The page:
Identification of Host-Specific Genetic Markers within 16S rDNA Intervening Sequences of 73 Genera of Fecal BacteriaZhenyu Shen1,2, Ning Zhang3, Azlin Mustapha2, Mengshi Lin2, Dong Xu3, Daiyong Deng1, Mary Reed1 and Guolu Zheng1*
- *Corresponding Author:
- Guolu Zheng
Department of Agriculture and Environmental Sciences
Lincoln University in Missouri, 904 Chestnut Street
Jefferson City, MO 65101, USA
E-mail: [email protected]
Received date: January 5, 2016 Accepted date: January 27, 2016 Published date: January 31, 2016
Citation:Shen Z, Zhang N, Mustapha A, Lin M, Xu D, et al. (2016) Identification of Host-Specific Genetic Markers within 16S rDNA Intervening Sequences of 73 Genera of Fecal Bacteria. J Data Mining Genomics Proteomics 7:186. doi:10.4172/2153-0602.1000186
Copyright: © 2016 Zhenyu S, et al. This is an open-access article distributed under the terms of the Creative Commons Attribution License, which permits unrestricted use, distribution, and reproduction in any medium, provided the original author and source are credited.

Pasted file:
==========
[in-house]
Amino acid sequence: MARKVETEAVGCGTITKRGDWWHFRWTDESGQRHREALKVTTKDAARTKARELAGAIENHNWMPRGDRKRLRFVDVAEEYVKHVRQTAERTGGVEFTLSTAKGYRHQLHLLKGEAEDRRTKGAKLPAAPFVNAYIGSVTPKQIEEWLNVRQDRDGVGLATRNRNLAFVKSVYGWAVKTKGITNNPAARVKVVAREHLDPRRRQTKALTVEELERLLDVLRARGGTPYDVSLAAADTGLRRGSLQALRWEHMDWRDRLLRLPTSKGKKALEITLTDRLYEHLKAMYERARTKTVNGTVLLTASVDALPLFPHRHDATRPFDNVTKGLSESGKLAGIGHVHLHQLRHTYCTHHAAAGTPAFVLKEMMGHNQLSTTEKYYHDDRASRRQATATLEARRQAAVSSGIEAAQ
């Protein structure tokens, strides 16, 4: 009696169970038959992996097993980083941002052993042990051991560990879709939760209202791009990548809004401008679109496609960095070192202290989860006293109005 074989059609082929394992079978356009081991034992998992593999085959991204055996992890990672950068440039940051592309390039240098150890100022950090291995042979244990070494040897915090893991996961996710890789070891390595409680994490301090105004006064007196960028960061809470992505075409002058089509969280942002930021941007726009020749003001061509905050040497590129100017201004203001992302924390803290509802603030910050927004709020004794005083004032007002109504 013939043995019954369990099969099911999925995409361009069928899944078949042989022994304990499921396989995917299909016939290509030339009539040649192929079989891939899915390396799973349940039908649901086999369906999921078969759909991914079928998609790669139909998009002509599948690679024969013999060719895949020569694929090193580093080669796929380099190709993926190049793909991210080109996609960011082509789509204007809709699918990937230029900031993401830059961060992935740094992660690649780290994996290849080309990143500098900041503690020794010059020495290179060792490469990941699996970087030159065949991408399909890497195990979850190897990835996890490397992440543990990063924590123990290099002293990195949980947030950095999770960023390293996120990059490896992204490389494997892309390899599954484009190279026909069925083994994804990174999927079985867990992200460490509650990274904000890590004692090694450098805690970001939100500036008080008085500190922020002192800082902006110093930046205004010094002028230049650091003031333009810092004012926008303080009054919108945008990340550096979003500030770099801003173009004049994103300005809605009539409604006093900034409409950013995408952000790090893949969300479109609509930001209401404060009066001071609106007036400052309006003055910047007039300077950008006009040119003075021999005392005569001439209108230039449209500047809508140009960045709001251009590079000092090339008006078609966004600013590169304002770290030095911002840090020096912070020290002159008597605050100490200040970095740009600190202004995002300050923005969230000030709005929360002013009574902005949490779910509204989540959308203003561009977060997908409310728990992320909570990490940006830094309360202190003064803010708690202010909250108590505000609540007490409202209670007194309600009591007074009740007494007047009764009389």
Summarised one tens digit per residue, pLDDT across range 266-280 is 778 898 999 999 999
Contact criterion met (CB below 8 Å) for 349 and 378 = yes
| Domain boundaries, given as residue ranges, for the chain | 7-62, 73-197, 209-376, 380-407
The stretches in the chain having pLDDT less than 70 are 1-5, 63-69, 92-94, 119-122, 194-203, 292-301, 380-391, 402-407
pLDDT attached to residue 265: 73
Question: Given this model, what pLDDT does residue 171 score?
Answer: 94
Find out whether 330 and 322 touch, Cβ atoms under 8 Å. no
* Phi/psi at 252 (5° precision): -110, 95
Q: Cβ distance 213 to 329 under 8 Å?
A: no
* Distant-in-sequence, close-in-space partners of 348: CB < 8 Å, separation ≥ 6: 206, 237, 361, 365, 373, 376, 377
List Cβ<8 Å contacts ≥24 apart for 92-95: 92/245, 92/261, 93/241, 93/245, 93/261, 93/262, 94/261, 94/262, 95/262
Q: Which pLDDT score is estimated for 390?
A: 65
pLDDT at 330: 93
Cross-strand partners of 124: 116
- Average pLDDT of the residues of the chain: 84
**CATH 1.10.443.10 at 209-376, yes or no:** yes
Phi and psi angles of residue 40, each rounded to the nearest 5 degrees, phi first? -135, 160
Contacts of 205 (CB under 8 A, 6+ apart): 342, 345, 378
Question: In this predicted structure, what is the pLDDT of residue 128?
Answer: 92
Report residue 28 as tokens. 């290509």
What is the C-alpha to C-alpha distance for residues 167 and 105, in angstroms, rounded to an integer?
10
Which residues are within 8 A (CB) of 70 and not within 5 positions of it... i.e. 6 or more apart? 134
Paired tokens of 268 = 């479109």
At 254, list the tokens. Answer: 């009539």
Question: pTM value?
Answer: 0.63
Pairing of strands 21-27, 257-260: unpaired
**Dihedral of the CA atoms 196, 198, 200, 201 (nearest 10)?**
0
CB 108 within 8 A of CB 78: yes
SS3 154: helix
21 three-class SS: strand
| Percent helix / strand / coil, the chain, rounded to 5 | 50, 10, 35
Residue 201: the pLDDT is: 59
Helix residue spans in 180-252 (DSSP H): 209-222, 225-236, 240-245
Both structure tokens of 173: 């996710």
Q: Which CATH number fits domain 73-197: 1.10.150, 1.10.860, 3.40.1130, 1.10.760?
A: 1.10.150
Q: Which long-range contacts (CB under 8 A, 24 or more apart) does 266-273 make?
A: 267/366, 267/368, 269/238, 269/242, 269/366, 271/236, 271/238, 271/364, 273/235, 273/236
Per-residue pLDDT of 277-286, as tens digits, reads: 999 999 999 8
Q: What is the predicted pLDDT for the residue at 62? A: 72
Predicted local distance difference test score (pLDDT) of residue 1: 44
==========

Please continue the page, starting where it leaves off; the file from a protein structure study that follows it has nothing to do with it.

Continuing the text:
Ribosomal intervening sequences (IVSs) were recently proposed as genetic markers for microbial source tracking (MST). This study comprehensively investigated host specificities of IVSs within the 16S rDNA of 73 genera of dominant fecal bacteria using the approaches of bioinformatics and next generation sequencing (NGS). Thirteen types of IVSs were identified in silico to be associated with particular host species; they were found within bacteria of the genera Anaerovibrio, Bacteroides, Faecalibacterium, Mitsuokella, Peptostreptococcus, Phascolarctobacterium, and Subdoligranulum. Based on the DNA sequences of the thirteen types of IVSs, polymerase chain reaction (PCR) assays were developed. PCR amplifications using fecal DNA samples of target and non-target host species demonstrated that eight out of the 13 IVSs were highly associated with human, chicken/turkey, beef cattle/pig, or horse/pig/human feces. Based on the IVS polymorphisms, NGS was applied to search for single-host-associated IVSs from those linked to multiple host species. Consequently, a new type of IVS specific to beef cattle was found and confirmed by PCR amplification using cattle and non-cattle fecal samples. The results suggest that some IVSs may be used as the genetic markers for MST and that NGS may be useful in identifying novel host-specific genetic markers.